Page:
Put BC on the NCAA map by winning the Heisman Trophy and completing "The Pass" in 1984. He was the NCAA's all-time leader in passing yards when he graduated (10,577). Had 11 TD passes in 13 career starts for the Patriots.

    • Patriots 1973-85

      Still considered one of the best offensive linemen of all time, Hannah played his entire career with the Patriots and made nine Pro Bowls. Inducted in the Pro Football Hall of Fame in 1991.

    • Celtics (1962-78)

      The Celtics' all-time leader in games (1,270) and points (26,395), Hondo won eight NBA titles and was a 13-time All-Star. Inducted in the Basketball Hall of Fame in 1984.

    • Celtics 1956-65; Celtics coach 1969-78

      Won eight NBA titles as a player and another two in nine seasons as Celtics coach. Also was an All-American at Holy Cross, and has achieved cult-like status in 30 years as a TV color commentator. Inducted in Basketball Hall of Fame in 1986.

    • Boston Marathon 1931-92

      Mr. Boston Marathon, Kelley completed the race 61 times, including in 1992 at age 84. Kelley won the race twice (1935 and '45), was second a record seven times, and had 18 top-10 finishes.

    • Pro boxer 1947-55

      The Brockton Blockbuster is the only boxing champion to end his career undefeated, retiring with a record of 49-0 with 43 knockouts. Inducted in International Boxing Hall of Fame in 1990.

    • Red Sox 1998-2004

      Went 117-37 with the Sox for a franchise-best .760 winning percentage, with a 2.52 ERA and 1,683 strikeouts in 1,382 2/3 innings. Won Cy Young Award in 1999 and 2000, and finished in the top four of Cy Young voting in six of his seven years in Boston. Went 6-2 in the postseason and won Game 3 of the 2004 World Series.

    • Bruins 1986-96

      Fifth all-time on the Bruins with 344 goals in just 525 games during an injury-riddled career. His 50 goals in 44 games in 1993-94 made him the second fastest to that mark in NHL history. The Bruins' all-time leader in playoff goals (57), he helped shape the 2011 Stanley Cup champs in his first season as club president. Inducted in the Hockey Hall of Fame in 2005.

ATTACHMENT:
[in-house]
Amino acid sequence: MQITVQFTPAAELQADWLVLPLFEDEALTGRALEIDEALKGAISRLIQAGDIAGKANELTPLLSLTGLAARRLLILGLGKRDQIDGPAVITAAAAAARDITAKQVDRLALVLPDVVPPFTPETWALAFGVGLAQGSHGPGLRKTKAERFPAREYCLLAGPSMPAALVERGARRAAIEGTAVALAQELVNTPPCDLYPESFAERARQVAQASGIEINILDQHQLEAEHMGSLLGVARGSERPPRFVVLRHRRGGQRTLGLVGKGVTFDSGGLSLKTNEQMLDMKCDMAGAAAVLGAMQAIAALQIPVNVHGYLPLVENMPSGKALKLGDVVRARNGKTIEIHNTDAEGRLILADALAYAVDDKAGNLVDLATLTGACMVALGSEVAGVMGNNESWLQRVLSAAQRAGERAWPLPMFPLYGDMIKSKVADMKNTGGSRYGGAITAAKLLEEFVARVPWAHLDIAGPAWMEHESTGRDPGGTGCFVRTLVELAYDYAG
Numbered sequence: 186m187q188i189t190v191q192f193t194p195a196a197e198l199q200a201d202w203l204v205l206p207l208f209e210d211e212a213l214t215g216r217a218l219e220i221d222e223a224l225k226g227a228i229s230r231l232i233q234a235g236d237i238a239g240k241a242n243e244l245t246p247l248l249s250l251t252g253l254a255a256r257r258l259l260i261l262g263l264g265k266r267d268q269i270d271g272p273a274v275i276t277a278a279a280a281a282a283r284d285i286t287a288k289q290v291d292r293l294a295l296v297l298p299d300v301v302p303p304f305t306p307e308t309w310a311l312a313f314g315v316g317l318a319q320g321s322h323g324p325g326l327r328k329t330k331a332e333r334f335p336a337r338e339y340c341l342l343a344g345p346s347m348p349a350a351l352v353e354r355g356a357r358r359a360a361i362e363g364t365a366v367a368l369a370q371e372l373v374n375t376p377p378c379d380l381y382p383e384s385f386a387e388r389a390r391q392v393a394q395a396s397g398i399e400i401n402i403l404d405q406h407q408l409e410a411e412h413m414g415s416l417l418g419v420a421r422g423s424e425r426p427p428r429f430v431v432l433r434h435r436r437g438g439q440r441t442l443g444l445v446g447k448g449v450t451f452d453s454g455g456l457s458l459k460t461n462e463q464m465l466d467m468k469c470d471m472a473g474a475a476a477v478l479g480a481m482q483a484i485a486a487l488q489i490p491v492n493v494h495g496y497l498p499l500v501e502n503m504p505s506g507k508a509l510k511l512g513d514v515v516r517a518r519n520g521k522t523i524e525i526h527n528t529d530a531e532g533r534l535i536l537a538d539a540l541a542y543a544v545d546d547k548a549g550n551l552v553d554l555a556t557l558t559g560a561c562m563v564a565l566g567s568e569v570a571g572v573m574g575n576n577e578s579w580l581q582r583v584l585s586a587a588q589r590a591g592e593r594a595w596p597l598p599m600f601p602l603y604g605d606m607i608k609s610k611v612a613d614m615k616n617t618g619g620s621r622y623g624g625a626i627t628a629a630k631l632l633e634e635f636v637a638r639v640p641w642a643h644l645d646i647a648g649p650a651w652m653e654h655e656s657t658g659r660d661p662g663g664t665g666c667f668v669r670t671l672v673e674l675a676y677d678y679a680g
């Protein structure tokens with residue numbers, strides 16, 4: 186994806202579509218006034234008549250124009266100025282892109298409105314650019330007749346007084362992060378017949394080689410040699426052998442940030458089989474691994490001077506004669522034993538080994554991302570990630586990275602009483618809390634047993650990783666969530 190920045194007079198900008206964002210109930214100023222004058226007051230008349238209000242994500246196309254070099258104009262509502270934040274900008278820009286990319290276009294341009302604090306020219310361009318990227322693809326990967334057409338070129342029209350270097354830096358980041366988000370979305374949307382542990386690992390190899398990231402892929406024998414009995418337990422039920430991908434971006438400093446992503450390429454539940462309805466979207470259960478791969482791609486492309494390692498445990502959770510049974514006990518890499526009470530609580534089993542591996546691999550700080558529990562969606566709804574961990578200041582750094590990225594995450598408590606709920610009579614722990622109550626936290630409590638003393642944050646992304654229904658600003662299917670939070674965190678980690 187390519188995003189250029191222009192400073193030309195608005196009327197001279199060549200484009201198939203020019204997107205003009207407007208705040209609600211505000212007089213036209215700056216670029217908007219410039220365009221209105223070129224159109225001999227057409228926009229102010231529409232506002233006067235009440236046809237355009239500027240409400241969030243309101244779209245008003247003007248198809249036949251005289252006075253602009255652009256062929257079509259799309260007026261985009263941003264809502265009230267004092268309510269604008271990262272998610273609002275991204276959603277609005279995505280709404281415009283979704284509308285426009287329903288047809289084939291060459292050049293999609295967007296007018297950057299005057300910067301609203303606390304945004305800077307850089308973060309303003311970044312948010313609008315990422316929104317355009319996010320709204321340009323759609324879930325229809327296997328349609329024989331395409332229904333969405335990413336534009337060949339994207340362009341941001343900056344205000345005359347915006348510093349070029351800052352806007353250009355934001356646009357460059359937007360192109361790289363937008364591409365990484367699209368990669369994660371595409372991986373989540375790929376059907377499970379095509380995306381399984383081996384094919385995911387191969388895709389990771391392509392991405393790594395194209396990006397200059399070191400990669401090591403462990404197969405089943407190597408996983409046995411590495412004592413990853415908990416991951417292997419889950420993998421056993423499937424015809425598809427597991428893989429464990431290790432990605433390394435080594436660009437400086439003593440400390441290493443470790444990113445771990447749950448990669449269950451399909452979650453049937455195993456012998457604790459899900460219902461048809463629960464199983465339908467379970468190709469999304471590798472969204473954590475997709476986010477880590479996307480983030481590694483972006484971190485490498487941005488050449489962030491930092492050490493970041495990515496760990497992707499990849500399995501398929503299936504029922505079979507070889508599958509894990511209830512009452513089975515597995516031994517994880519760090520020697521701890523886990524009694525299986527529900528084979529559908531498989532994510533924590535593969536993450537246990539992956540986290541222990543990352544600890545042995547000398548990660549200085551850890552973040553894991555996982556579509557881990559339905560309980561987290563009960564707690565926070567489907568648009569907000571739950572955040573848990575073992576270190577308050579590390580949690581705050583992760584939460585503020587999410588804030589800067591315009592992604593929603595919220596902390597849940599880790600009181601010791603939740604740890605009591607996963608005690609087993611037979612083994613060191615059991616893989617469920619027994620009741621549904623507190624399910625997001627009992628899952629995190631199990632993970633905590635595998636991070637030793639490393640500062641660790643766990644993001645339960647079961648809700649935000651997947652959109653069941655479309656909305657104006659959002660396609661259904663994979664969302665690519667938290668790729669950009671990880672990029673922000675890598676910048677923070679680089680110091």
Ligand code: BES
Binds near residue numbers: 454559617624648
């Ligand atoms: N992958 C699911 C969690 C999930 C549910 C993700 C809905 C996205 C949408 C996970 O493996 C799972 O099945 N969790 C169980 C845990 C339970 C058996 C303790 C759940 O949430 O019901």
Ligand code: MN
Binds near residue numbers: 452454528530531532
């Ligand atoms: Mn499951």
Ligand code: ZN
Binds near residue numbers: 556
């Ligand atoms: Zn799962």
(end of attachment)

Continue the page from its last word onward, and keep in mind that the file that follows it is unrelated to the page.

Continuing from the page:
• Bruins 1966-76

      No. 4 revolutionized hockey and revitalized the sport in Boston with his playmaking and puck handling from the blue line. The accolades are numerous: two Stanley Cups, two Conn Smythe trophies, two Art Ross trophies, eight straight Norris trophies. Fifth in Bruins history in points (888). Inducted in the Hockey Hall of Fame in 1979.

    • Red Sox 1979-84

      One of the most feared hitters in baseball in the mid-70s to mid-80s. Ranks third in Red Sox history in hits (2,452), HRs (382) and RBIs (1,451). Finished in the top five in AL MVP voting six times, winning the award in 1978 when he led the majors with 46 home runs, 139 RBIs, 15 triples, 406 total bases and 213 hits. Inducted to the Baseball Hall of Fame in 2009.

    • Celtics 1956-69

      The ultimate winner. In his 13-year career, his Celtics won 11 NBA titles, a feat unmatched by any athlete in any sport. His ferocious defense and rebounding changed the center position. A five-time NBA MVP and the Celtics' all-time leader in rebounds (21,620). The first African-American coach in major pro sports, Russell won two of his titles as player-coach. Inducted to the Basketball Hall of Fame in 1975.

    • Red Sox 1939-60

      Teddy Ballgame is still one of the greatest hitters who ever lived. The last player to hit .400 (.406 in 1941), won two Triple Crowns, two MVPs, six batting titles and played in 18 All-Star Games. The Sox all-time leader with 521 home runs, he trails only Babe Ruth in career slugging (.634) and OPS (1.116). His .344 batting average is seventh all time. Inducted in Baseball Hall of Fame in 1966.

    • Red Sox 1961-83

      The Red Sox career leader in games played (3,308, No. 2 all time), hits (3,419, No. 8 all time), runs (1,816) and RBIs (1,844). His storybook "Impossible Dream" season in 1967, when he was the last Triple Crown winner and AL MVP, sparked a resurgence for the Sox's popularity in Boston that continues today. Inducted to Baseball Hall of Fame in 1989.